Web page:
The book offers a lot of unconventional wisdom, developed based on logical and empirical analogies for scaling. For example, chapter 8, ‘Quitting is for winners’ sounds counterintuitive, but when we ponder over it, it makes sense. Rather than pursuing madly an idea that never had any scope, someone could quit it and work on a better idea. Opportunity cost is a key component to consider when taking an idea to scale. Rather than thinking about ideas that one could pursue, we often spend time and effort on various aspects of the same idea. The author’s point is not to be a quitter, rather it is better to know when to quit and be an ‘optimal quitter’.

One key element for cracking voltage to an idea is scaling culture. For example, in a start-up a meritocratic competitive culture might work on a small scale, when the idea is cracked up it will face the drawbacks of that culture. The last chapter discusses scaling culture and why the culture of a firm or place matters for an idea’s success.

In the concluding chapter, the author ponders over the question – ‘To scale or not to scale’ – quoting the example of ideas that are scaled to manage the ongoing COVID pandemic. This provides key lessons. The author highlights the point of learning from mistakes and correcting them rather than chasing obscure ‘mirages of success’.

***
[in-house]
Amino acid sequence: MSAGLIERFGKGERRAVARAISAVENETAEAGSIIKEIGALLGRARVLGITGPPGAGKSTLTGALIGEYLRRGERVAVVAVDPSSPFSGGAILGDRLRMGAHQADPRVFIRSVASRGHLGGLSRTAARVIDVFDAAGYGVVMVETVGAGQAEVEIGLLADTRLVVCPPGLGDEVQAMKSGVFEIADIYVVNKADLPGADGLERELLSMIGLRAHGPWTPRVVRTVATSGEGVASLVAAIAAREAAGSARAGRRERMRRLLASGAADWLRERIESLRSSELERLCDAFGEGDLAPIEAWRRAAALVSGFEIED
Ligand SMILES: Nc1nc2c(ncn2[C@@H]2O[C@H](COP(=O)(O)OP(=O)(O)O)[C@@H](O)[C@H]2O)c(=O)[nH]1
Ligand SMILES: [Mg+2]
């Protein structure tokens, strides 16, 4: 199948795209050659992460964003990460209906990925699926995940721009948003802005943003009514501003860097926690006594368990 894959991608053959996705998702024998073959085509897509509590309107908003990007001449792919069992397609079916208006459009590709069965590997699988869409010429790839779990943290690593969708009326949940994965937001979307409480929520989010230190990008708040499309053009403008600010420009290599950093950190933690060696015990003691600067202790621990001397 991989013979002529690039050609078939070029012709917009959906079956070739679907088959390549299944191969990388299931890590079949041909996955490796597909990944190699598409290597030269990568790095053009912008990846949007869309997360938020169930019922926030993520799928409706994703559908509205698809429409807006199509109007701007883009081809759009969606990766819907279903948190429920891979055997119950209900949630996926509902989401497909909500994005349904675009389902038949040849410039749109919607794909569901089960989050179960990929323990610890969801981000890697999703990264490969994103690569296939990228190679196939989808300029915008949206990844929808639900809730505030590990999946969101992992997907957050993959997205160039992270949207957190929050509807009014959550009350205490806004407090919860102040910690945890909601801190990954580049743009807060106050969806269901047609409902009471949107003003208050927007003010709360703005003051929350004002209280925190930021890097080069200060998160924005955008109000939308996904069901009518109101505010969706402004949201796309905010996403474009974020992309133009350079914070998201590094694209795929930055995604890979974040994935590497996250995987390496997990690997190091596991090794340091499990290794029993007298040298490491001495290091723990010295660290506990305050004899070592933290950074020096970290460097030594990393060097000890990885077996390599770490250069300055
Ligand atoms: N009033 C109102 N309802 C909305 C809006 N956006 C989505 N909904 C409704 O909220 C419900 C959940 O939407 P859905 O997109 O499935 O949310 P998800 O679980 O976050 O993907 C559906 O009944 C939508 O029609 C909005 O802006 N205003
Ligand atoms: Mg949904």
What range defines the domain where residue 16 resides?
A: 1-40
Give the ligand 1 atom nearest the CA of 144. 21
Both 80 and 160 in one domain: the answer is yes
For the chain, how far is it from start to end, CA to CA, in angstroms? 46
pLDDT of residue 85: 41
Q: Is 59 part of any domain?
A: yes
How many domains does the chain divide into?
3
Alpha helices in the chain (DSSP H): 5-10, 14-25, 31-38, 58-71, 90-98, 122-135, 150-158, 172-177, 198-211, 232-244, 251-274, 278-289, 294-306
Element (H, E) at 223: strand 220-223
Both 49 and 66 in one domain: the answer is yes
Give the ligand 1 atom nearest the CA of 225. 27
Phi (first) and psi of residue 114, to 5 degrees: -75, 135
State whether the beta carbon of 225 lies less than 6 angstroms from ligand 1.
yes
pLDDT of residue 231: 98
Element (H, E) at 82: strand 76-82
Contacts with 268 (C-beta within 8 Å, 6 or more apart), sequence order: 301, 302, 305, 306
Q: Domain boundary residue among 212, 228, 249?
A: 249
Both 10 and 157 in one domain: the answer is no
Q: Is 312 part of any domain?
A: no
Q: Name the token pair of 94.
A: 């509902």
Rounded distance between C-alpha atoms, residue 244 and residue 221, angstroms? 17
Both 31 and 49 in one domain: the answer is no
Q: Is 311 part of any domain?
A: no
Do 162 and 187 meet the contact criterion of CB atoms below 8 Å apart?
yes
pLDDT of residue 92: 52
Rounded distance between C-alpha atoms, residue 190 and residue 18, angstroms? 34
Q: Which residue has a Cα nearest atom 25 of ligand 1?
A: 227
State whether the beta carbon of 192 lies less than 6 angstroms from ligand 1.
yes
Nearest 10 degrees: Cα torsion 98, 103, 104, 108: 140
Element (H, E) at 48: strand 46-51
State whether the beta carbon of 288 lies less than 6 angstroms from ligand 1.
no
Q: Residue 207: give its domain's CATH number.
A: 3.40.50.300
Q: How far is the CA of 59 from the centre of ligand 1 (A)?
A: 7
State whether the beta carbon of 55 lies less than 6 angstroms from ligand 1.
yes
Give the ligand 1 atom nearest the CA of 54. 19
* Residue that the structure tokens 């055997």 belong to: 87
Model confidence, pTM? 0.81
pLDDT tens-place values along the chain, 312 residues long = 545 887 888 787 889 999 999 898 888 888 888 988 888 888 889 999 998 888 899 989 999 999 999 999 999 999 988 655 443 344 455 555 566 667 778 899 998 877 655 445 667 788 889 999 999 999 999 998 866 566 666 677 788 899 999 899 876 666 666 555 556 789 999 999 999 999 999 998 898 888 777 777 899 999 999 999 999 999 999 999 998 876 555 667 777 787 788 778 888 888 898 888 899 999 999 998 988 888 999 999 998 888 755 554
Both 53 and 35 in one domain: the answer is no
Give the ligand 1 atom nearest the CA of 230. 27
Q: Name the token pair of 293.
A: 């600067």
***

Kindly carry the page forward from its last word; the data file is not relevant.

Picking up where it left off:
First, let me state, I might be biased in writing this review with many ‘fan’ moments. I have been following the works of Prof. List for the last few years and admire his works. His previous book, ‘The Why Axis’ with Uri Gneezy, has been an insightful and thoughtful read. This  book opens up an entirely new perspective for scaling ideas (programs, products). The ideas provided in the books are not some theoretical thoughts but rather tested and proven approaches by the author and his colleagues over his three decades of experience as a researcher. The book is full of examples of nuanced experiments on what works and what doesn’t. One of the author’s key arguments is that we need to move from evidence-based policy to policy-based evidence.